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Avoid or fight back? Cultural differences in responses to conflict and the role of collectivism, honor, and enemy perception

Gunsoy, Ceren ; Cross, Susan E. ; Uskul, Ayse K. ; Adams, Glenn ; Gercek - Swing, Berna

Gunsoy, Ceren and Cross, Susan E. and Uskul, Ayse K. and Adams, Glenn and Gercek-Swing, Berna (2015) Avoid or fight back? Cultural differences in responses to conflict and the role of collectivism, honor, and enemy perception. Journal of Cross-Cultural Psychology, 46 . pp. 1081-1102. [Tạp chí có phản biện]

ISSN: 0022-0221

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  • Nhan đề:
    Avoid or fight back? Cultural differences in responses to conflict and the role of collectivism, honor, and enemy perception
  • Tác giả: Gunsoy, Ceren ; Cross, Susan E. ; Uskul, Ayse K. ; Adams, Glenn ; Gercek - Swing, Berna
  • Chủ đề: H Social Sciences (General)
  • Là 1 phần của: Gunsoy, Ceren and Cross, Susan E. and Uskul, Ayse K. and Adams, Glenn and Gercek-Swing, Berna (2015) Avoid or fight back? Cultural differences in responses to conflict and the role of collectivism, honor, and enemy perception. Journal of Cross-Cultural Psychology, 46 . pp. 1081-1102.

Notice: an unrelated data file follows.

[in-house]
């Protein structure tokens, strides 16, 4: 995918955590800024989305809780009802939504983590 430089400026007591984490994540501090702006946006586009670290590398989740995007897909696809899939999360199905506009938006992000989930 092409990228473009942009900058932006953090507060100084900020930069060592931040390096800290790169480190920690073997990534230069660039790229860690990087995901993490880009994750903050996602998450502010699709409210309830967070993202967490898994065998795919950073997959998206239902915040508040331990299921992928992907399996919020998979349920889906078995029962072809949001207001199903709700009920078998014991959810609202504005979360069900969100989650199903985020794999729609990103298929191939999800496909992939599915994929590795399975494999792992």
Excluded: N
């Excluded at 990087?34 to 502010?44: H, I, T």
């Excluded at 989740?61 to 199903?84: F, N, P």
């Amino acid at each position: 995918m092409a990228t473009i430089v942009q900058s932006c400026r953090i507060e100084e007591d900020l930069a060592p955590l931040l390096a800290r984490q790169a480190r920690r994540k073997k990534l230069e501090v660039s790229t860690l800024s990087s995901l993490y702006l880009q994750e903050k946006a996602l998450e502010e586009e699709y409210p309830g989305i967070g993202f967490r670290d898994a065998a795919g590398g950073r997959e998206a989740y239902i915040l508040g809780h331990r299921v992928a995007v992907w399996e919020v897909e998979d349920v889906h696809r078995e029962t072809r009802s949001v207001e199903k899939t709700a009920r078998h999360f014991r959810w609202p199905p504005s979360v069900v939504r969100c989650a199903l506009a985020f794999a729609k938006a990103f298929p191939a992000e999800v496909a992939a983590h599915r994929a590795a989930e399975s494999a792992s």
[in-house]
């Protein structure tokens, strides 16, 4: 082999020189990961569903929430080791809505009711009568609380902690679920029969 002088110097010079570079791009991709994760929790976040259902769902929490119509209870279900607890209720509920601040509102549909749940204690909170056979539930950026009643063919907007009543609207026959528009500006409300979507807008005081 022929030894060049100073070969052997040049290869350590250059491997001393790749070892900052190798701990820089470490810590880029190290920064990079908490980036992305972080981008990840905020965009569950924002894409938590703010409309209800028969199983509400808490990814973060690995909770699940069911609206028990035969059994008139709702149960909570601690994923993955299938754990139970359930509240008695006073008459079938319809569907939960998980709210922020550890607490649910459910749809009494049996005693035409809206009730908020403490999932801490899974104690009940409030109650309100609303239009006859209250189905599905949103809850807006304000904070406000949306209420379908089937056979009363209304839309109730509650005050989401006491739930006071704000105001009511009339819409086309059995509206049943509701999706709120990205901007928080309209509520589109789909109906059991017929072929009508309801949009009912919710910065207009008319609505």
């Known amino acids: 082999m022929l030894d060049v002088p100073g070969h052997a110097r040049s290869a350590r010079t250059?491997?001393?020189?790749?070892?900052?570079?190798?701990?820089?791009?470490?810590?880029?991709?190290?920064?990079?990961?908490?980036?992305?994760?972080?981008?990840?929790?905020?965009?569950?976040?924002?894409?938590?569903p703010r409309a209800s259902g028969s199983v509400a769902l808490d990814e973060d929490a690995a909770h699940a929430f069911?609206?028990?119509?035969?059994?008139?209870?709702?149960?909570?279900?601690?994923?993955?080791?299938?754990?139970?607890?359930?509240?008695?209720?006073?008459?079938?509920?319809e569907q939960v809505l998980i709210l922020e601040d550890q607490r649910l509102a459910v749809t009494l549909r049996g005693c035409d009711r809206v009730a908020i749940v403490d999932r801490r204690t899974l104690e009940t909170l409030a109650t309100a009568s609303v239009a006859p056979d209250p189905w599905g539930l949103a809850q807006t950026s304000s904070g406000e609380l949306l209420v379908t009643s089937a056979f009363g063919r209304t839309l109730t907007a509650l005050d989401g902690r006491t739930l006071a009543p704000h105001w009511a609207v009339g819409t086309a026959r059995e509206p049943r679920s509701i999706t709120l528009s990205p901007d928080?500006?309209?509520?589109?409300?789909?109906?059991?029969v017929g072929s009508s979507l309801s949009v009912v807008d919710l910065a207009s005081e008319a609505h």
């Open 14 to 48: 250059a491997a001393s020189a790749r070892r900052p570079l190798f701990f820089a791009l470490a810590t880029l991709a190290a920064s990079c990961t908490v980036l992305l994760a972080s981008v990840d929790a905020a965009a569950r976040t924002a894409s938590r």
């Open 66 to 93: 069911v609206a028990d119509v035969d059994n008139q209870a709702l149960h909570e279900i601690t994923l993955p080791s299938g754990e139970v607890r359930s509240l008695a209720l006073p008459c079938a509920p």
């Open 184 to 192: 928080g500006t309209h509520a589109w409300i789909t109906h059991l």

• Mô tả: We investigated how responses to interpersonal conflict differed across Ghana, Turkey, and the northern US. Due to low levels of interpersonal embeddedness, people from individualistic cultures (northern US) have more freedom to prioritize individual goals and to choose competitive and confrontational responses to conflict compared to people from collectivistic cultures (Turkey, Ghana). Consistent with this idea, we found that northern American participants were less willing to avoid instigators but more willing to retaliate against them compared to other cultural groups. Moreover, in honor cultures like Turkey, there is strong concern for other people’s opinions, and insults are more threatening to personal and family reputation compared to non-honor cultures. Therefore, Turkish participants were less willing to engage in submissive behaviors such as yielding to the instigator. Finally, in Ghana, relationships are more obligatory and enemies are more prominent compared to other cultures. Consistent with our predictions, Ghanaian participants were less willing than Turkish or northern American participants to choose retaliation but more willing to yield to the instigator. Differences in response styles were consistent with dominant cultural values and the cultural nature of interpersonal relationships.
  • Số nhận dạng: ISSN: 0022-0221

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